A Chilliwack school trustee reading out a steamy passage from a young adult novel didn’t help pass her motion that would have required parents to have informed consent on all materials used in the classroom.
Trustee Heather Maahs read from Australian author John Marsden’s 1993 book Tomorrow, When the War Began, about a teenage girl living through an insurgence by an unnamed country.
“’I was clinging to him and pressing against him as though I wanted to let my whole body inside him and I liked the way I could make him groan and grasp and swear [the novel actually says ‘sweat’],’” Maahs read aloud at a meeting Tuesday night.
“‘I liked giving him pleasure, although it was hard to tell what was pleasure and what was pain. I was teasing him, touching him and saying “Does that hurt? Does that? Does that?” and he was panting saying “Oh God … no, yes, no.” It made me feel powerful.’”
The excerpt is from a Grade 9 novel, in which the main character explains that she and her love interest, and most of their friends, are virgins.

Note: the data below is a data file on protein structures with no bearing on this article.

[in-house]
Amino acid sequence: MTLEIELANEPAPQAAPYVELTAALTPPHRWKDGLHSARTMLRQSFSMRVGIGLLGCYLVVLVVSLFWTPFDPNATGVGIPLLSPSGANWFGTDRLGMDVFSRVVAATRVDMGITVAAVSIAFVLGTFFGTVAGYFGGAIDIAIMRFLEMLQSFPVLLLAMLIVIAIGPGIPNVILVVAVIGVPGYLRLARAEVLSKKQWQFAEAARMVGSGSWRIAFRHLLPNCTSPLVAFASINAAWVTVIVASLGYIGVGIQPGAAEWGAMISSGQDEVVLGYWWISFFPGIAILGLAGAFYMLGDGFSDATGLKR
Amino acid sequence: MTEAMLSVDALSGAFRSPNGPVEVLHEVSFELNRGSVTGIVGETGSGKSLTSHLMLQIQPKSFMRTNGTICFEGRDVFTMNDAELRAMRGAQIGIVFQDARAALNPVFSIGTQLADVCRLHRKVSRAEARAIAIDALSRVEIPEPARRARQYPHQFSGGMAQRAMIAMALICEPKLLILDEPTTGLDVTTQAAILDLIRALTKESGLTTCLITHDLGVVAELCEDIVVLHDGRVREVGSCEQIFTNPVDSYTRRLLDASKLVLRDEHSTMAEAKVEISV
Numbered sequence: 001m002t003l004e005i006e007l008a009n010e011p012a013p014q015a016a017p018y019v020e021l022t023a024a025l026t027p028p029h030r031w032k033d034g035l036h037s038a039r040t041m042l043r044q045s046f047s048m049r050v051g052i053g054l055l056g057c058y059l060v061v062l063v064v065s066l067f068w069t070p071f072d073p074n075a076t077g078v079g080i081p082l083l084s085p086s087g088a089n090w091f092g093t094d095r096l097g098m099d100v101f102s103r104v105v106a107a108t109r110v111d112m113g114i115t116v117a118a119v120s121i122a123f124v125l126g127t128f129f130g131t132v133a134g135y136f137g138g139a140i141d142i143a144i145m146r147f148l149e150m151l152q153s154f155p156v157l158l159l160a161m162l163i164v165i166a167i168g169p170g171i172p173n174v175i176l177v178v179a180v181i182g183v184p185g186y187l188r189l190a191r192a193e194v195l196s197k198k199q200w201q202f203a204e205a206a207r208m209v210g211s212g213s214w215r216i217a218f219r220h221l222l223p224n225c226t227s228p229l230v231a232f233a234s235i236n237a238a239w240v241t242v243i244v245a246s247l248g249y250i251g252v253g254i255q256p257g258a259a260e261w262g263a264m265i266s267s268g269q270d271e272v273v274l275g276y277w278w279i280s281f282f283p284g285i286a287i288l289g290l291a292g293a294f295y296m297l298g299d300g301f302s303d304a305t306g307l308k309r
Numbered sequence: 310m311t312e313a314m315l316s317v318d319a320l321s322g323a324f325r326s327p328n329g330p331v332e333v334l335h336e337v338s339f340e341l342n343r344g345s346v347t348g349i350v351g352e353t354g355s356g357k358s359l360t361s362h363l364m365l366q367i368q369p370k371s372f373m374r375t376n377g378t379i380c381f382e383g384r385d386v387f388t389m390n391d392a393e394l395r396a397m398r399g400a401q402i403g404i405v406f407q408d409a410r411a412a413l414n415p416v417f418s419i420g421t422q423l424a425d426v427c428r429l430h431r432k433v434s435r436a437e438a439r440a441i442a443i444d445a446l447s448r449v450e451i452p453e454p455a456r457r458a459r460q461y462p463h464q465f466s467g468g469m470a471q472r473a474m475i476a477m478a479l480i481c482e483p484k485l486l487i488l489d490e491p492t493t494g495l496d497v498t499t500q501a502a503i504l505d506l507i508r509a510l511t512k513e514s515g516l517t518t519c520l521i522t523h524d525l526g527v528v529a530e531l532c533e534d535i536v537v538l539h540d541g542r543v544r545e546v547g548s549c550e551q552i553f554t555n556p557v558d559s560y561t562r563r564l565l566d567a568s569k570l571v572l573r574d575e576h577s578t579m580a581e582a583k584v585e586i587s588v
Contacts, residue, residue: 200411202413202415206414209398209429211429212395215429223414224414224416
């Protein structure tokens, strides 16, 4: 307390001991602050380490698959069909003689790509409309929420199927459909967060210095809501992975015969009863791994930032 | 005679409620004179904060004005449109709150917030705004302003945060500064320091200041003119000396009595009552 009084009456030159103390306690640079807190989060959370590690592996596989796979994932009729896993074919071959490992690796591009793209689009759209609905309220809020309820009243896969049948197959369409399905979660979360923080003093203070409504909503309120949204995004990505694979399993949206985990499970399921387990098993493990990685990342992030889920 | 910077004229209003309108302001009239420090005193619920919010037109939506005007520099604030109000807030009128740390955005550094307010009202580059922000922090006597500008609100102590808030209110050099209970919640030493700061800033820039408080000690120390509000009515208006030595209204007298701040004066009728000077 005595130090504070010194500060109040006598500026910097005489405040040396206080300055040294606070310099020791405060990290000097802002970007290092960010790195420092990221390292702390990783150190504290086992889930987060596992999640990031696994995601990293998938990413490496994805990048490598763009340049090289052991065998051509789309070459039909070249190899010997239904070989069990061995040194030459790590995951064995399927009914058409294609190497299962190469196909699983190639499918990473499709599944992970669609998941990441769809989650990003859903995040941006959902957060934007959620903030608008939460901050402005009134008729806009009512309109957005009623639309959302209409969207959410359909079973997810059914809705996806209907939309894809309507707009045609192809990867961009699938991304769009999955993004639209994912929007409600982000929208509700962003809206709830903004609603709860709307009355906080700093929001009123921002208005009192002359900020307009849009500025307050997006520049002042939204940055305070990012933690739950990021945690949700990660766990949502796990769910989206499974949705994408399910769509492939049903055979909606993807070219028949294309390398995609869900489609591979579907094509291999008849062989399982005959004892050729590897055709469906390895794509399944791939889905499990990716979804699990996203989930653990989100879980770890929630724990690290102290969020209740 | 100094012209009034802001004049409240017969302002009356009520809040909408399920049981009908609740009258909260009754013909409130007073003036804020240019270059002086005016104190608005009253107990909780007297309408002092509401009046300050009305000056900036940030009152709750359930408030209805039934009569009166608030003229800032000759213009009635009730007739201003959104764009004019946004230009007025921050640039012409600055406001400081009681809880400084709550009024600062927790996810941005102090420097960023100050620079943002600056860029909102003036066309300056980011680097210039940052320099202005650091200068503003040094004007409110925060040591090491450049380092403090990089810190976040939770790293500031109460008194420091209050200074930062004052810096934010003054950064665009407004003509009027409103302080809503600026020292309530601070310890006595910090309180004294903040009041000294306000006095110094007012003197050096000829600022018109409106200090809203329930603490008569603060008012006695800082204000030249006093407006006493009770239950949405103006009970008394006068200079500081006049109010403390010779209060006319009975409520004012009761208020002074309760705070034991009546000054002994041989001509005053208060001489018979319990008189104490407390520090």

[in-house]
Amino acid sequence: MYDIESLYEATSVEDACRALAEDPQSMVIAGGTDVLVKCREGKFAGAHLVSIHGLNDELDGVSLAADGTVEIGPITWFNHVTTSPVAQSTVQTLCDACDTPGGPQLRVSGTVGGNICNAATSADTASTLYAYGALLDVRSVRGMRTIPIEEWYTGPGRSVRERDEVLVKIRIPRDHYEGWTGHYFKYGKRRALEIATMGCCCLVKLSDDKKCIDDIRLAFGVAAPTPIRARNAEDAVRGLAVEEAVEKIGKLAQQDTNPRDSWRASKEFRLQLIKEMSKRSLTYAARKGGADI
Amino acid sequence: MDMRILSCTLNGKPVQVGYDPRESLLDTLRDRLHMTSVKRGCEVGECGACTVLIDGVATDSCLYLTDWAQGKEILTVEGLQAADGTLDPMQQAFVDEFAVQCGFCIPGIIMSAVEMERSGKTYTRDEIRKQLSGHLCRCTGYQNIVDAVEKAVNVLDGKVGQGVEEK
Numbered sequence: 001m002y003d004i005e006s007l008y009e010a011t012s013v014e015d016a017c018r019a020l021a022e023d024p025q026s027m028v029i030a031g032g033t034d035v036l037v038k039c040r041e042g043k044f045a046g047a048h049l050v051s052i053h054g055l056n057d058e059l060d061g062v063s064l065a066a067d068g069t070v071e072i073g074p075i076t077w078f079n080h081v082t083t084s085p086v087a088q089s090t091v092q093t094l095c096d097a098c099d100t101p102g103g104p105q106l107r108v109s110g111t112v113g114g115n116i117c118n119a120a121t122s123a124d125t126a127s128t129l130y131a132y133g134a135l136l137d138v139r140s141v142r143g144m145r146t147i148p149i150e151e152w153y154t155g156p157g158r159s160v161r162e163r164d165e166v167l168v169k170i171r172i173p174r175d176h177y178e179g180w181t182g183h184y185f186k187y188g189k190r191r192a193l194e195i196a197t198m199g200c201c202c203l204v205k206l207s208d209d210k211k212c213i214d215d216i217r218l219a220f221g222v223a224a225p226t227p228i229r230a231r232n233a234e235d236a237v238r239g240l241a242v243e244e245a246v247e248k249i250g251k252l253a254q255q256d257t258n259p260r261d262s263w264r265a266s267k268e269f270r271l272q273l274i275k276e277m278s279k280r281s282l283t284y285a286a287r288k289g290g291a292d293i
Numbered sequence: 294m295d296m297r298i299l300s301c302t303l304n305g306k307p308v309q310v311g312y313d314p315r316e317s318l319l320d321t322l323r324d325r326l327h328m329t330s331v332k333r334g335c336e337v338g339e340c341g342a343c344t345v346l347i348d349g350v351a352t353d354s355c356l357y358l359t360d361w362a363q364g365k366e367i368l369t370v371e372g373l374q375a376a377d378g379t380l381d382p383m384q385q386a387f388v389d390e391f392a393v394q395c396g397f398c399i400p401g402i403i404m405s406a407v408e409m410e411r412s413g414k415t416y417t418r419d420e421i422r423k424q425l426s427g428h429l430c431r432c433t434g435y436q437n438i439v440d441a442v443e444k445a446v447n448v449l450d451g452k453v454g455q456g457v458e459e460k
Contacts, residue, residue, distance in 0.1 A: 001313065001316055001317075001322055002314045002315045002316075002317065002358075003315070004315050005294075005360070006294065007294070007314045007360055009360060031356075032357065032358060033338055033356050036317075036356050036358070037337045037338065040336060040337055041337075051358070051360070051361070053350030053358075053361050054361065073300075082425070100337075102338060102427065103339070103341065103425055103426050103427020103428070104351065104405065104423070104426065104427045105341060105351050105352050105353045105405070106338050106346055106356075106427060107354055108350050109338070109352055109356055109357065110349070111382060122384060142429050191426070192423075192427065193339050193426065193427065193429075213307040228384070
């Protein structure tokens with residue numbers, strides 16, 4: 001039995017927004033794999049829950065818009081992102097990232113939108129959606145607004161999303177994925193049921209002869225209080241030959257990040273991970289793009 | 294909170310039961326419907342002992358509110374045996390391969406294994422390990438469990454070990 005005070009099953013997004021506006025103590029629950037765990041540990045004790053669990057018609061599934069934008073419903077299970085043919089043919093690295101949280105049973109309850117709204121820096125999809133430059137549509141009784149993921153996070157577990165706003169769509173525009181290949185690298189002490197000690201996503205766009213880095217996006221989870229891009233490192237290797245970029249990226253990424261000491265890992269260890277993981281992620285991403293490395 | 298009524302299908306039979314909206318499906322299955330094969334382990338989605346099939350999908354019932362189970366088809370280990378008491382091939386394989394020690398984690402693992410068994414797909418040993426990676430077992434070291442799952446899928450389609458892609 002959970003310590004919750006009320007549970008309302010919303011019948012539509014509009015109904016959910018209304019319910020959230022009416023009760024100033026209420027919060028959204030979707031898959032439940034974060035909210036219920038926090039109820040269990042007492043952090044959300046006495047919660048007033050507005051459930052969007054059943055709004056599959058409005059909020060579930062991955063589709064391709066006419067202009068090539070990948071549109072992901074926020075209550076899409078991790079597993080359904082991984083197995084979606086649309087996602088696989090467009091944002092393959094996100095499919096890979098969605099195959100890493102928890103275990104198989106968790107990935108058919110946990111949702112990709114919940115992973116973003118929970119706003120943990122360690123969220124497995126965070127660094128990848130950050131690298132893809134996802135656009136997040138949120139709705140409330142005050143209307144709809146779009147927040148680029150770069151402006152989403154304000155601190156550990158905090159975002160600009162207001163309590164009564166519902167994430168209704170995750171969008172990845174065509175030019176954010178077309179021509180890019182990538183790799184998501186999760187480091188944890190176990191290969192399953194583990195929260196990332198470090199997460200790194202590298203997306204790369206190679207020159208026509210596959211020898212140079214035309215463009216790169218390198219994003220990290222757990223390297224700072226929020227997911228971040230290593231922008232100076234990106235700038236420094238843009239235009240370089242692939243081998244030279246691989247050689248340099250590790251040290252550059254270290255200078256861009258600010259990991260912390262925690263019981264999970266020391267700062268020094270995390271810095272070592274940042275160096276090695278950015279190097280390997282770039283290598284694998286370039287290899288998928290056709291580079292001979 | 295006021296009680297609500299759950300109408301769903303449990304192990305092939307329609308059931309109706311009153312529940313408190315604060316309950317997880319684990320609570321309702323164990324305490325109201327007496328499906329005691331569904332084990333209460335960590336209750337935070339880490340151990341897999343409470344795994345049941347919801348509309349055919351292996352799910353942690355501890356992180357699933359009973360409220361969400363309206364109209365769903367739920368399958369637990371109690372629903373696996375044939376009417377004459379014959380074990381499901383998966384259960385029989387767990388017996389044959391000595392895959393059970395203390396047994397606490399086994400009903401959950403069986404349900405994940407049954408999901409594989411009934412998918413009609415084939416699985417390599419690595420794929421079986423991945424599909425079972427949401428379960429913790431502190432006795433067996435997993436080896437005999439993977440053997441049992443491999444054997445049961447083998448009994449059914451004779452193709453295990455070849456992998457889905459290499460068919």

The motion, which failed 4-3, would have required teachers to foresee “resources that some may consider controversial” and inform parents about their use. It does not explicitly target sexual content, but Maahs emphasized that point at the meeting.
“I think we can all figure out that I’m talking about sexual content in the curriculum … I am talking about SOGI 123, but I’m also talking about novels and anything that may arrive in a sexual nature,” Maahs said, referring to the sexual orientation and gender identity curriculum in B.C.
School board chair Dan Coulter noted several reasons the motion should fail, including contravention of the School Act and that it was reminiscent of book banning and book burning.
“People would be objecting to phrases in books in libraries,” Coulter said, adding books on biology could be deemed controversial by some parents. “It would be endless. This is Alabama time, and we should stay away from it.”
Other trustees said parents can already speak to their children’s teachers about content used in a classroom. Maahs, however, said her motion would allow parents the opt their child out of conversations before they happen.
A book-banning case happened closer to home than Alabama. About 20 years ago, the Surrey School Board tried ban three children’s books: Belinda’s Bouquet, Asha’s Mums, and One Dad, Two Dads, Brown Dads, Blue Dads. The Supreme Court of Canada ruled that the ban breached the School Act.
Marsden’s book and its series has earned accolades internationally, including the Children’s Book Council of Australia, the New South Wales Board of Studies, and the American Library Association, among others.